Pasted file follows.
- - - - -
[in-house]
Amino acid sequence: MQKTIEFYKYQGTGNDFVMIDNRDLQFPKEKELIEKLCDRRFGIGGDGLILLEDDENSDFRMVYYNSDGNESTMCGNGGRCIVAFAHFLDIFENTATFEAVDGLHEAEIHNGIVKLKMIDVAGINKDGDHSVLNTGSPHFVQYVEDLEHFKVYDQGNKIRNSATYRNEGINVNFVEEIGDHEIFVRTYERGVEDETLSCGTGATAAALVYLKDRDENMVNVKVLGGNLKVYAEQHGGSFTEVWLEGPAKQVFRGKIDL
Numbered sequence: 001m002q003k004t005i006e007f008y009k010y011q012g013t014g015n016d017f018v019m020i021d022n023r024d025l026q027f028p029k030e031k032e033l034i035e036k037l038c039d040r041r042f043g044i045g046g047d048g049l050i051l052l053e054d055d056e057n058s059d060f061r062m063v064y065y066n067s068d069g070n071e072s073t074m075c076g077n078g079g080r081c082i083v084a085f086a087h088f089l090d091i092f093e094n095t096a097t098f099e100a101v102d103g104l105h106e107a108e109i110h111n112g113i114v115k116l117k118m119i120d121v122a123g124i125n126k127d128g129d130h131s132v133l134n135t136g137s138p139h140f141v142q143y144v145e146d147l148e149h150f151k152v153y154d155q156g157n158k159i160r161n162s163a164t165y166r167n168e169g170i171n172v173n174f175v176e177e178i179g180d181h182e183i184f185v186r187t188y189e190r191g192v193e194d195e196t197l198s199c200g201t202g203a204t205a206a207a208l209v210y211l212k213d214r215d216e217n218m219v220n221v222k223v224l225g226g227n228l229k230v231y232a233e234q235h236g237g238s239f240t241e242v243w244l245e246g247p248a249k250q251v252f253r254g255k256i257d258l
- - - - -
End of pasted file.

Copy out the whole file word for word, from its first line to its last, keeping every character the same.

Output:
[in-house]
Amino acid sequence: MQKTIEFYKYQGTGNDFVMIDNRDLQFPKEKELIEKLCDRRFGIGGDGLILLEDDENSDFRMVYYNSDGNESTMCGNGGRCIVAFAHFLDIFENTATFEAVDGLHEAEIHNGIVKLKMIDVAGINKDGDHSVLNTGSPHFVQYVEDLEHFKVYDQGNKIRNSATYRNEGINVNFVEEIGDHEIFVRTYERGVEDETLSCGTGATAAALVYLKDRDENMVNVKVLGGNLKVYAEQHGGSFTEVWLEGPAKQVFRGKIDL
Numbered sequence: 001m002q003k004t005i006e007f008y009k010y011q012g013t014g015n016d017f018v019m020i021d022n023r024d025l026q027f028p029k030e031k032e033l034i035e036k037l038c039d040r041r042f043g044i045g046g047d048g049l050i051l052l053e054d055d056e057n058s059d060f061r062m063v064y065y066n067s068d069g070n071e072s073t074m075c076g077n078g079g080r081c082i083v084a085f086a087h088f089l090d091i092f093e094n095t096a097t098f099e100a101v102d103g104l105h106e107a108e109i110h111n112g113i114v115k116l117k118m119i120d121v122a123g124i125n126k127d128g129d130h131s132v133l134n135t136g137s138p139h140f141v142q143y144v145e146d147l148e149h150f151k152v153y154d155q156g157n158k159i160r161n162s163a164t165y166r167n168e169g170i171n172v173n174f175v176e177e178i179g180d181h182e183i184f185v186r187t188y189e190r191g192v193e194d195e196t197l198s199c200g201t202g203a204t205a206a207a208l209v210y211l212k213d214r215d216e217n218m219v220n221v222k223v224l225g226g227n228l229k230v231y232a233e234q235h236g237g238s239f240t241e242v243w244l245e246g247p248a249k250q251v252f253r254g255k256i257d258l